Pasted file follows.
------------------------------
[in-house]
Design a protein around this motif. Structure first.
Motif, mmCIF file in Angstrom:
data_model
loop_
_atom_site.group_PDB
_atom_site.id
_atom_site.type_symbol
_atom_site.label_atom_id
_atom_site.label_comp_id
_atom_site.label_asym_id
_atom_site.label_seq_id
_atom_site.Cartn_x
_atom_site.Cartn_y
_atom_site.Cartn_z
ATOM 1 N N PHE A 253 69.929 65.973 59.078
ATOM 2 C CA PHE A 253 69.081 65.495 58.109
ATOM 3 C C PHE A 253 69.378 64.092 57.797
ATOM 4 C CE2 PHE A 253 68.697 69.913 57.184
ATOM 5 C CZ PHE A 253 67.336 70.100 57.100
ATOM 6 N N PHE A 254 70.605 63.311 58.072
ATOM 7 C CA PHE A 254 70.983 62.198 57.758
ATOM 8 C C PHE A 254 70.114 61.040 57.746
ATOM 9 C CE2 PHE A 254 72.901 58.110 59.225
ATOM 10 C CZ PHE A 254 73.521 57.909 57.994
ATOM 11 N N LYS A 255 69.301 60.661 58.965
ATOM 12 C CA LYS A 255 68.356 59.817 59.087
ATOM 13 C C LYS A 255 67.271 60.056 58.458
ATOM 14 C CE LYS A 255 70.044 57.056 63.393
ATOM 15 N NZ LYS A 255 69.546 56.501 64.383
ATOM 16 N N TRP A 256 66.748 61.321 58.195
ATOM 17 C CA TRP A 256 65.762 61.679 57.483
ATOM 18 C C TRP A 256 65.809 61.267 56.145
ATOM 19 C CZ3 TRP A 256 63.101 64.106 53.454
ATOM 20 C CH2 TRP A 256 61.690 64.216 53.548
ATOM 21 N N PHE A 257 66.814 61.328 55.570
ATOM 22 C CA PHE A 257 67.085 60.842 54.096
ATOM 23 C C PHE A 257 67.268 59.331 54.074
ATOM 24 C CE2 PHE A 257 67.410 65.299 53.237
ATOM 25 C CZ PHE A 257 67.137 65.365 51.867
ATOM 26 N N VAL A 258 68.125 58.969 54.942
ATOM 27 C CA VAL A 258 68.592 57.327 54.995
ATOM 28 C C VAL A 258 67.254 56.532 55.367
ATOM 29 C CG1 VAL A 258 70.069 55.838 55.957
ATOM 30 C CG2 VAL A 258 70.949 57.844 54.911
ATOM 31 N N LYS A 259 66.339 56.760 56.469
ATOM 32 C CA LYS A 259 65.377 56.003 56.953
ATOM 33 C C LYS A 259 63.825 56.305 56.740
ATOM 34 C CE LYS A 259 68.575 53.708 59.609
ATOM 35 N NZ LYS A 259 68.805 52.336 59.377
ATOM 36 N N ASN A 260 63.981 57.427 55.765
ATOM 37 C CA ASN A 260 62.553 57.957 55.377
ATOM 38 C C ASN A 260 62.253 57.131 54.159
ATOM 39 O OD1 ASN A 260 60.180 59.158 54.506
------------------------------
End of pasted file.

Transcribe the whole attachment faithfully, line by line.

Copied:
[in-house]
Design a protein around this motif. Structure first.
Motif, mmCIF file in Angstrom:
data_model
loop_
_atom_site.group_PDB
_atom_site.id
_atom_site.type_symbol
_atom_site.label_atom_id
_atom_site.label_comp_id
_atom_site.label_asym_id
_atom_site.label_seq_id
_atom_site.Cartn_x
_atom_site.Cartn_y
_atom_site.Cartn_z
ATOM 1 N N PHE A 253 69.929 65.973 59.078
ATOM 2 C CA PHE A 253 69.081 65.495 58.109
ATOM 3 C C PHE A 253 69.378 64.092 57.797
ATOM 4 C CE2 PHE A 253 68.697 69.913 57.184
ATOM 5 C CZ PHE A 253 67.336 70.100 57.100
ATOM 6 N N PHE A 254 70.605 63.311 58.072
ATOM 7 C CA PHE A 254 70.983 62.198 57.758
ATOM 8 C C PHE A 254 70.114 61.040 57.746
ATOM 9 C CE2 PHE A 254 72.901 58.110 59.225
ATOM 10 C CZ PHE A 254 73.521 57.909 57.994
ATOM 11 N N LYS A 255 69.301 60.661 58.965
ATOM 12 C CA LYS A 255 68.356 59.817 59.087
ATOM 13 C C LYS A 255 67.271 60.056 58.458
ATOM 14 C CE LYS A 255 70.044 57.056 63.393
ATOM 15 N NZ LYS A 255 69.546 56.501 64.383
ATOM 16 N N TRP A 256 66.748 61.321 58.195
ATOM 17 C CA TRP A 256 65.762 61.679 57.483
ATOM 18 C C TRP A 256 65.809 61.267 56.145
ATOM 19 C CZ3 TRP A 256 63.101 64.106 53.454
ATOM 20 C CH2 TRP A 256 61.690 64.216 53.548
ATOM 21 N N PHE A 257 66.814 61.328 55.570
ATOM 22 C CA PHE A 257 67.085 60.842 54.096
ATOM 23 C C PHE A 257 67.268 59.331 54.074
ATOM 24 C CE2 PHE A 257 67.410 65.299 53.237
ATOM 25 C CZ PHE A 257 67.137 65.365 51.867
ATOM 26 N N VAL A 258 68.125 58.969 54.942
ATOM 27 C CA VAL A 258 68.592 57.327 54.995
ATOM 28 C C VAL A 258 67.254 56.532 55.367
ATOM 29 C CG1 VAL A 258 70.069 55.838 55.957
ATOM 30 C CG2 VAL A 258 70.949 57.844 54.911
ATOM 31 N N LYS A 259 66.339 56.760 56.469
ATOM 32 C CA LYS A 259 65.377 56.003 56.953
ATOM 33 C C LYS A 259 63.825 56.305 56.740
ATOM 34 C CE LYS A 259 68.575 53.708 59.609
ATOM 35 N NZ LYS A 259 68.805 52.336 59.377
ATOM 36 N N ASN A 260 63.981 57.427 55.765
ATOM 37 C CA ASN A 260 62.553 57.957 55.377
ATOM 38 C C ASN A 260 62.253 57.131 54.159
ATOM 39 O OD1 ASN A 260 60.180 59.158 54.506